Surface Mitoses Are a Predictor of Cancer Progression in Barrett's Esophagus
DP Coco, A Srivastava, CA Sanchez, X Li, D Cowan, BJ Reid, PL Blount, RD Odze. Brigham and Women's Hosptial, Boston, MA; Dartmouth Hitchcock Medical Center, Lebanon, NH; Fred Hutchinson Cancer Center, Seattle, WA; University of Washington, Seattle, WA
Background: At present, dysplasia is the most reliable biomarker of cancer progression in patients with Barrett's esophagus (BE). However, dysplasia interpretation suffers from a high degree of interobserver variability, and only a small proportion of BE patients develop this morphologic alteration. Cell cycle abnormalities and increased cell proliferation have been linked to cancer in BE. In a previous preliminary study, we reported an association between the presence of surface mitoses and progression to adenocarcinoma in BE. The aim of this study was to evaluate the prognostic significance of mitoses in a large prospective cohort of BE patients with long-term follow-up.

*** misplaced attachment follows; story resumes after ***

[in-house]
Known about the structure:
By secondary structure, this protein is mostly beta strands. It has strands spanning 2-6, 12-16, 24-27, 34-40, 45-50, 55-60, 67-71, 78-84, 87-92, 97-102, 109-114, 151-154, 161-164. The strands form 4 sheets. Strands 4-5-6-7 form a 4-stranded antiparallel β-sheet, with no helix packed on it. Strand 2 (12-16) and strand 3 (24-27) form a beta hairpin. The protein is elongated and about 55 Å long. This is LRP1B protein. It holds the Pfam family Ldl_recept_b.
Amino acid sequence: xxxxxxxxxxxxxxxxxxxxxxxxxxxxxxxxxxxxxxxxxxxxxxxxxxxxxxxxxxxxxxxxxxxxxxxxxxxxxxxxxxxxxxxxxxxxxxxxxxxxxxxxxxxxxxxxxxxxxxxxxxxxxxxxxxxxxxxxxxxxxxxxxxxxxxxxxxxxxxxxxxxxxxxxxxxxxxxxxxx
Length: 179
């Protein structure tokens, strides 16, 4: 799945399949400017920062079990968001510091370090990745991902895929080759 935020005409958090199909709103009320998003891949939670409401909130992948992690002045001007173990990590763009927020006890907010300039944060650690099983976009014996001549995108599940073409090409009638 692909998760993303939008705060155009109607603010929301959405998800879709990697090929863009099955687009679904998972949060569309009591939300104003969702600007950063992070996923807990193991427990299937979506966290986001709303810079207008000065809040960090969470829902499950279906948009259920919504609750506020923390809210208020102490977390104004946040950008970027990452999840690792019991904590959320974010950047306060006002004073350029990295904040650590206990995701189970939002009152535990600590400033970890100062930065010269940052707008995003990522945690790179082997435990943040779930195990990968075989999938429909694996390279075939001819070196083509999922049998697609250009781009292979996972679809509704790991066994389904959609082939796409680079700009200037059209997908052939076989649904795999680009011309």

Design: 1752 routinely processed mucosal biopsies from 101 BE patients (M/F ratio: 85/16, mean age: 63.3 years, mean BE segment length 5.4 cm), followed for a mean of 85.5 months (5.8-158.4 months), all of whom had a baseline index endoscopy between 1995 and 1999 and at least 1 follow-up endoscopy, were included. The development of adenocarcinoma was the primary outcome variable. All biopsies were evaluated, in a blinded fashion, for number of mitoses within dysplastic and non-dysplastic epithelium. Data was analyzed using a Cox regression model to account for follow-up intervals and censored data.
Results: A strong positive correlation was noted between the presence of surface mitoses (both typical and atypical) and the development of adenocarcinoma (p<0.0001, hazard ratio [HR]: 5.0, 95% CI 4.0-6.3). The presence of atypical mitoses (surface and crypt) was also a predictor of progression (p<0.0001, HR: 2.9, 95% CI 2.1-4.3). Specifically, within this group, atypical surface mitoses had the strongest correlation (p<0.0001, HR: 3.6, 95% CI 2.2-5.9). No significant correlation was noted between crypt mitoses and the development of adenocarcinoma.
Conclusions: Surface epithelium mitoses are a valuable morphologic biomarker of progression to cancer in BE. This is consistent with the previously well-known association between increased proliferation, cell cycle abnormalities and cancer progression in BE. (Supported by NIH P01CA91955).
Wednesday, March 11, 2009 1:00 PM
Poster Session VI # 90, Wednesday Afternoon